Director – Vickie Bailey
Performance Dates are May 15-24 (Fridays, Saturdays and Sundays)
Sunday, March 29 and Monday March 30 at 6:30pm
Callbacks (if needed) are Tuesday, March 31
*Auditions will consist of cold readings from the script. No need to prepare anything.
Set in mid-century Atlanta, Driving Miss Daisy tells the story of an elderly Jewish matron, Daisy Werthan, and her chauffeur, Hoke Coleburn. At first, Daisy is none too happy about being forced to rely on a black man to get from one place to the next. Gradually, however, Hoke wins her over, and during the 25-year span of the play, the two develop a deep-rooted affection. This Pulitzer-Prize winning masterpiece is a delicate depiction of racial tensions, the passage of time, and the experience of aging. Playwright Alfred Uhry creates two outsiders who come to a mutual respect grounded in each of their independence, strength, and stubborn integrity.
Daisy Werthan: a Jewish widow, native to Atlanta, Georgia. She is 72 years old in 1948 at the beginning of the play, and 97 years old in 1973 at the end of the play. Born 11 years after the end of Civil War, she witnessed some of the most significant social changes in American history. She was in Atlanta when Leo Frank was lynched in 1913 – one of the most horrific displays of anti-Semitism in Atlanta’s history. She lived through the woman suffrage movement and the passage of the 19th Amendment (which guaranteed women’s right to vote), World Wars I and II, the Temple bombing of 1958, Martin Luther King Jr.’s ascension to fame and the Civil Rights Movement, the Cold War and the beginning of the Watergate Scandal. Her father-in-law was a self-made man who founded his own business, and she and her husband enjoyed financial success. Yet through it all, she remains fiercely rooted in her frugal upbringing, her early career as a teacher, her Southern propriety and her Judaism.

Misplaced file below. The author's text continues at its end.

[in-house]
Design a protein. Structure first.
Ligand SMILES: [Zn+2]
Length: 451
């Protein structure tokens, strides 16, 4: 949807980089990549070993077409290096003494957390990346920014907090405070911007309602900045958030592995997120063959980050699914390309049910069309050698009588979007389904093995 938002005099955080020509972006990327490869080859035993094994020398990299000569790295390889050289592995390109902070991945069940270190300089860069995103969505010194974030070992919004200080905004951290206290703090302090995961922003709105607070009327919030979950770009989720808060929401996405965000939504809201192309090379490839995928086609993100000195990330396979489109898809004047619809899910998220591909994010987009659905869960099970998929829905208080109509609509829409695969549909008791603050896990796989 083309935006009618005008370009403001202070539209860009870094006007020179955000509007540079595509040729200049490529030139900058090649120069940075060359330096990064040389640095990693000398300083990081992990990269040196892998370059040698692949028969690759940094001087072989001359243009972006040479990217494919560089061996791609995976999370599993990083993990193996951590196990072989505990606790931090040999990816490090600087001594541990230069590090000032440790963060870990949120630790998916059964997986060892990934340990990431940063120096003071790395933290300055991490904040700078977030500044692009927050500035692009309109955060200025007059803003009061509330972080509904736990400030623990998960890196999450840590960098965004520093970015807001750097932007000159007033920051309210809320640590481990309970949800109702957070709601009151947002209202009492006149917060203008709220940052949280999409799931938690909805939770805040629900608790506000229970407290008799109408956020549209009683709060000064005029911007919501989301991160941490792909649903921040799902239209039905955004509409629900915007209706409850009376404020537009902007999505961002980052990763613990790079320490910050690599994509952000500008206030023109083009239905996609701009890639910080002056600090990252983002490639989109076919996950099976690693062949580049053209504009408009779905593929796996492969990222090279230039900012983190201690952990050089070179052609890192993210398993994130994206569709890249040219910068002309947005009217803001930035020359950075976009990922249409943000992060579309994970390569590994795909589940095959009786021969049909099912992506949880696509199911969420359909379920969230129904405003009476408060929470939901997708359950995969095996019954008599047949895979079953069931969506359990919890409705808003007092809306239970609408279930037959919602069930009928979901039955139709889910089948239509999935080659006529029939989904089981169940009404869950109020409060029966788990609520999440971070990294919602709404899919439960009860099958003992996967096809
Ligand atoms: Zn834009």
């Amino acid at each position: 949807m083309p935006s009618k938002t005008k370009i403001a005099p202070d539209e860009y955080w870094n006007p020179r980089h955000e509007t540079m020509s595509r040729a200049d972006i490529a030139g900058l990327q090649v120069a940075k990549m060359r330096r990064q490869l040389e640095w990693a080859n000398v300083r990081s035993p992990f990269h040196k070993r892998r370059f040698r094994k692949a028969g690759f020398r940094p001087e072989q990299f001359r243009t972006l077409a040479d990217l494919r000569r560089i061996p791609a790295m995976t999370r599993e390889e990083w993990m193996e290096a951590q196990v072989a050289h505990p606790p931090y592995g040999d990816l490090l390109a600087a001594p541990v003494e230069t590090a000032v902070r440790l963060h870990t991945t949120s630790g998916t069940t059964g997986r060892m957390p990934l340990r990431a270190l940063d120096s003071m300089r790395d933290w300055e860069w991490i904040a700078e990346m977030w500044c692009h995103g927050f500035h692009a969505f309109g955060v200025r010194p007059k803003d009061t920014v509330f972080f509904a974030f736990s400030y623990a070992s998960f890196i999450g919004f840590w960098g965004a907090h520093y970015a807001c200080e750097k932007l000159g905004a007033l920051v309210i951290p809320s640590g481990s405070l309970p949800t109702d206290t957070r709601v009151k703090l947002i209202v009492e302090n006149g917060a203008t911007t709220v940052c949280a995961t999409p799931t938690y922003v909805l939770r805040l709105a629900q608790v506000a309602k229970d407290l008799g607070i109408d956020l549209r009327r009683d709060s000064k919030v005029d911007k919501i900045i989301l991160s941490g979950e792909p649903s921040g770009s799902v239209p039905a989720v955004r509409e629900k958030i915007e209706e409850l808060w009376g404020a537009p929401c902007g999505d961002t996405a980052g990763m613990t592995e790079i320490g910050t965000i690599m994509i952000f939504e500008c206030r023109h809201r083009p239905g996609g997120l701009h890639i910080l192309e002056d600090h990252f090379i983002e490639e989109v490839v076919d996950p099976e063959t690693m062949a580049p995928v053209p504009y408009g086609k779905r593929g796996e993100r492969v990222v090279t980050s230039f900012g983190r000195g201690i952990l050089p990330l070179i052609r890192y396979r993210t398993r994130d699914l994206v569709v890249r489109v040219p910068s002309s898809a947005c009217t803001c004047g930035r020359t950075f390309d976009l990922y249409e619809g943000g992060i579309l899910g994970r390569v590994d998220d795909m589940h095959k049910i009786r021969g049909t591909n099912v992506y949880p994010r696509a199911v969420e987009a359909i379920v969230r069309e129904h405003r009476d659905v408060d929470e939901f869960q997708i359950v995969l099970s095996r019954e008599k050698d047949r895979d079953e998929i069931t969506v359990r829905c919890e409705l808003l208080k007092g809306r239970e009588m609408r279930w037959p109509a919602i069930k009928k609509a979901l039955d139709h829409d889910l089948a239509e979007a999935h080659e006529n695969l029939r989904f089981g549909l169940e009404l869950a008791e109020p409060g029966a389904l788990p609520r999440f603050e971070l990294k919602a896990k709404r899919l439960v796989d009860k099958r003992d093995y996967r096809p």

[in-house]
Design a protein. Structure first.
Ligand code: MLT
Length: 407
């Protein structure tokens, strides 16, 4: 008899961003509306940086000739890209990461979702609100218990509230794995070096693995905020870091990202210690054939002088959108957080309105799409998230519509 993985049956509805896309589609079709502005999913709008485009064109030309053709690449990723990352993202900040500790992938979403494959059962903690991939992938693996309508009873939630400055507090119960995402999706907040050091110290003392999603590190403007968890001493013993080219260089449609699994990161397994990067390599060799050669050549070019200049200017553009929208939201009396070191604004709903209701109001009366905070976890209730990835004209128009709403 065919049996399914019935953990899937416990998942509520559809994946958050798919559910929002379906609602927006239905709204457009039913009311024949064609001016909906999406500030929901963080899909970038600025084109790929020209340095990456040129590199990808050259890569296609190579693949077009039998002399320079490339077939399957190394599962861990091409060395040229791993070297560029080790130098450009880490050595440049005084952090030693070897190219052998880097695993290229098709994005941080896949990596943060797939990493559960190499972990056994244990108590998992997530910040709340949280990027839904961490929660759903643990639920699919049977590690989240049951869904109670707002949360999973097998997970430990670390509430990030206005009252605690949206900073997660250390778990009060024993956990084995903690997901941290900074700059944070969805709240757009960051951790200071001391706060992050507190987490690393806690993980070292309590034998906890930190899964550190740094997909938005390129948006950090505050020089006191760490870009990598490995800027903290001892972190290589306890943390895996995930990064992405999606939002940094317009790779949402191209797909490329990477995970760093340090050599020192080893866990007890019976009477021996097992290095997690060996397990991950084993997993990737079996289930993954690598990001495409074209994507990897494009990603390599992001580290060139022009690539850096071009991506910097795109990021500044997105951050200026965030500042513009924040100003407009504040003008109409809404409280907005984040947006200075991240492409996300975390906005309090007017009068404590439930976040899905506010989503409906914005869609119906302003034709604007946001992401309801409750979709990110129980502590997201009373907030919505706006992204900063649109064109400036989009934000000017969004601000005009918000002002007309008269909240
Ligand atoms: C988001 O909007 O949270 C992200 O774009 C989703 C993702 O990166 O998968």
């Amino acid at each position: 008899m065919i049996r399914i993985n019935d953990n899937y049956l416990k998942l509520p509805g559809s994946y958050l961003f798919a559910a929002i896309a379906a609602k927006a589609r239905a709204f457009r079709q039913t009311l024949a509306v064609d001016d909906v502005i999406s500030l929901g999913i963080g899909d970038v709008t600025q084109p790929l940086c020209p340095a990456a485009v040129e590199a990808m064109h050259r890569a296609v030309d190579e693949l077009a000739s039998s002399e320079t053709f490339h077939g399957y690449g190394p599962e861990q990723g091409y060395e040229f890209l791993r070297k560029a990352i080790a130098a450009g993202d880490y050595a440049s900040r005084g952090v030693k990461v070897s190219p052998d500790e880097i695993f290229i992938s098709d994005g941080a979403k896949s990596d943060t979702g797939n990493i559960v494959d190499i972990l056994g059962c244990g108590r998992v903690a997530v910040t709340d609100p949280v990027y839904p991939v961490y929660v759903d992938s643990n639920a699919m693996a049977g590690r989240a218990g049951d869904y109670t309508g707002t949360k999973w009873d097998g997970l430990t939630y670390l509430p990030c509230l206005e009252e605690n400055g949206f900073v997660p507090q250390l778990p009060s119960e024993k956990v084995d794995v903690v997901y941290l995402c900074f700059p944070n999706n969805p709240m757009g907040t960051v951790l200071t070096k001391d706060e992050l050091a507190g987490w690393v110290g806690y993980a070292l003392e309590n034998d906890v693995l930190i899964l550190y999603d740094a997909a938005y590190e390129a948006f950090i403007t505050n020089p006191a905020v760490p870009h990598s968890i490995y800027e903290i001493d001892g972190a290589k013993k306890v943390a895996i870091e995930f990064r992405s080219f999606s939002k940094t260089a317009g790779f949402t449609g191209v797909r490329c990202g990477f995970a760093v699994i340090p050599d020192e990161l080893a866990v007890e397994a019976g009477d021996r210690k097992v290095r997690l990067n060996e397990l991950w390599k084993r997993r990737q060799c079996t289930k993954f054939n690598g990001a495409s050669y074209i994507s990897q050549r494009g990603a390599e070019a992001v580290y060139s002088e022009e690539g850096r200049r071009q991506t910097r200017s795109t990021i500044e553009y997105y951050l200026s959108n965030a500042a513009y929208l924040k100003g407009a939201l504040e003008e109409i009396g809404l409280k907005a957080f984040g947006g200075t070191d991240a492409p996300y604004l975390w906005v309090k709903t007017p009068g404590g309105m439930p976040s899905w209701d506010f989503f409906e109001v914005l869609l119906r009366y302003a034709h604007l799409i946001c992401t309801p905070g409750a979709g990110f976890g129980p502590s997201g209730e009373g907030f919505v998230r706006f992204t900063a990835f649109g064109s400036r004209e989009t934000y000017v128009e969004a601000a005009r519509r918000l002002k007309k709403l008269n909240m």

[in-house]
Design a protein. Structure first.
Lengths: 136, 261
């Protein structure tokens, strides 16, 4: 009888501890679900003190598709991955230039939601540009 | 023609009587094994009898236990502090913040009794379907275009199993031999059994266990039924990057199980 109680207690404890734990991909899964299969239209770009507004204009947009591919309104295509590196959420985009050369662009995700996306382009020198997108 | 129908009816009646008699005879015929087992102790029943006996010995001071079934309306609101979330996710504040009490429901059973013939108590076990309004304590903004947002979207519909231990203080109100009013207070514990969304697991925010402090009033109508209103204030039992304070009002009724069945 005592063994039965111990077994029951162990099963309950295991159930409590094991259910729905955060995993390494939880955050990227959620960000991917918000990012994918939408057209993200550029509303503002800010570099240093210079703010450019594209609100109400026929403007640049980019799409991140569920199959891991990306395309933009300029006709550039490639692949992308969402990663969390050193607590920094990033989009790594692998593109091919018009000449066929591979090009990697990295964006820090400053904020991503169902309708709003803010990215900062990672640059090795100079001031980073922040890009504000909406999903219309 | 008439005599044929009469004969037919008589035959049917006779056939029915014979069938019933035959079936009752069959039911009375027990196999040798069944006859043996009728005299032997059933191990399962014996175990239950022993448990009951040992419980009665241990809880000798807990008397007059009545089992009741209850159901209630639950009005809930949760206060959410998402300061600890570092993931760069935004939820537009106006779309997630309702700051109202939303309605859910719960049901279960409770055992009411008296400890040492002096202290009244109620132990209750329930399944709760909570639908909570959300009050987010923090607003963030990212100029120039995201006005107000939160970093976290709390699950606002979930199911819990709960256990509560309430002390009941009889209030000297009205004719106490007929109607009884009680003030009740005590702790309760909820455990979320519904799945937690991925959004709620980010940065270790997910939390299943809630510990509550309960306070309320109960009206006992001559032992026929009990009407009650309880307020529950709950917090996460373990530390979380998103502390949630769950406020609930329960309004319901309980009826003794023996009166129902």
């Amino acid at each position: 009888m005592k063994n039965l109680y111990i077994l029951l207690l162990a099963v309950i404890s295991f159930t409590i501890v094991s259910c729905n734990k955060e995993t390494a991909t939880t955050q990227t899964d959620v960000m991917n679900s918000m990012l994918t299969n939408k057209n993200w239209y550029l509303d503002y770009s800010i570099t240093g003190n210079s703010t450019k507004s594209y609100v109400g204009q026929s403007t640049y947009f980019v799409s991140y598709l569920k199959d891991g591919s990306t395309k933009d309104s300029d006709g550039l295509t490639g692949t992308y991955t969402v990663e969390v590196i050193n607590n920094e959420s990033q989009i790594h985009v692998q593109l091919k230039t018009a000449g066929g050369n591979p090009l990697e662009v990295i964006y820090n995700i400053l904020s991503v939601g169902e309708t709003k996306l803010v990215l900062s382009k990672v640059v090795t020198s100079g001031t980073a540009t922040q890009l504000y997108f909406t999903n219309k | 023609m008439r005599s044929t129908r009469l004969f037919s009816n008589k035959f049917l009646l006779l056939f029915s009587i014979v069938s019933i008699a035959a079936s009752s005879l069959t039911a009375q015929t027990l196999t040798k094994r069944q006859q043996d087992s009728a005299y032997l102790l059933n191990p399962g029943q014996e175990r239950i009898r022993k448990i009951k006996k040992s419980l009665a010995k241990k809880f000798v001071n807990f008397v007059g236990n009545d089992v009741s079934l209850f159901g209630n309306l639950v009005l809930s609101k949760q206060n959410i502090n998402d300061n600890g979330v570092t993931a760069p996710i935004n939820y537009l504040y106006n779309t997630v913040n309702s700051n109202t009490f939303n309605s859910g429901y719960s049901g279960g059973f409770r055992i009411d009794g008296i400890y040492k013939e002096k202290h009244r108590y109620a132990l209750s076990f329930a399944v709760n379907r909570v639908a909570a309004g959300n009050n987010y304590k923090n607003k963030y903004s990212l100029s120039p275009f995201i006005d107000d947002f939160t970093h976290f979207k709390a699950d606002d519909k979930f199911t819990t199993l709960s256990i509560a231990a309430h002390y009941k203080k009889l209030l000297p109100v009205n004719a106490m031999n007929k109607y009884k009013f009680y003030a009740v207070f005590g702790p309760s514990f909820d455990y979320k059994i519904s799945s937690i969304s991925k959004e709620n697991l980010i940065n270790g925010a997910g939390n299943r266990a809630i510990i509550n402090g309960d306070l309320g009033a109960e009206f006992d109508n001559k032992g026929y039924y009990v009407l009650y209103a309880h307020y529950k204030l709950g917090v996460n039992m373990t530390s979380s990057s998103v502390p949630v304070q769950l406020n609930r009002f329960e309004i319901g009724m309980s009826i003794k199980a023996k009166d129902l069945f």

Hoke Colburn: an African-American man, native to Georgia. He is 60 years old in 1948 at the beginning of the play, and 85 years old in 1973 at the end. Before meeting Daisy, he had neither traveled nor learned to read. He has a daughter and granddaughter. Although he is 12 years younger than Daisy, he has also witnessed the same pivotal events in American history. He was a young man in 1913 when Leo Frank was lynched, but as a child he had already witnessed the lynching of his friend’s father (which was a common occurrence in the state of Georgia in the late 1800s). He grew up in the thick of the Jim Crow era, experiencing for almost his whole life segregation, discrimination, injustice and racism.
Boolie Werthan: Daisy’s son, also born and raised in Atlanta. He is 40 years old in the first scene of the play in 1948, and 65 years old at the show’s end in 1973. He grew up through World War I, and was a young man during the Great Depression. He observed his parents’ dedication to their work and took over the family business, increasing its success. He is dutiful to his mother, despite her prickly personality. Though he clearly cares for Daisy, it’s not in the way that she would find most fitting.